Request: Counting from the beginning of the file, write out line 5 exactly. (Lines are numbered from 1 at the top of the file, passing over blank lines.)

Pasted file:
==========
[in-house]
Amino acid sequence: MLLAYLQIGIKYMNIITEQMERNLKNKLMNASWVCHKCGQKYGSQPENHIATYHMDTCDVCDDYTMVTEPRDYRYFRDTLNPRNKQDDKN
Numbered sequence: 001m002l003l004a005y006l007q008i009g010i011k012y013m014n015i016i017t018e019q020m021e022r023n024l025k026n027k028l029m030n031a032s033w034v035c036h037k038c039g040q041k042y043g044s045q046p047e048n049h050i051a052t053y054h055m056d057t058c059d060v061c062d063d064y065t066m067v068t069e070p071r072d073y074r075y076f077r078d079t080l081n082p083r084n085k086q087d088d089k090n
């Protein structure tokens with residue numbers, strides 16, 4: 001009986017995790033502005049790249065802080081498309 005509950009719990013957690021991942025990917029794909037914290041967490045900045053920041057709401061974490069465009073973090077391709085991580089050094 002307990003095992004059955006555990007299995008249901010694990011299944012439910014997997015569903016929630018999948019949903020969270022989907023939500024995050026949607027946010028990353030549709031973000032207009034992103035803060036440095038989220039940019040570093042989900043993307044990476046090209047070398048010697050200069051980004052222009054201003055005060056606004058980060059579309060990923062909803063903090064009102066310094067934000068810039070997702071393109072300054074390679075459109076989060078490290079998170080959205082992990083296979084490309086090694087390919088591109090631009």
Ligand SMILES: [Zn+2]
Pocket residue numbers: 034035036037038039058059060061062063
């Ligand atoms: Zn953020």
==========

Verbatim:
Ligand SMILES: [Zn+2]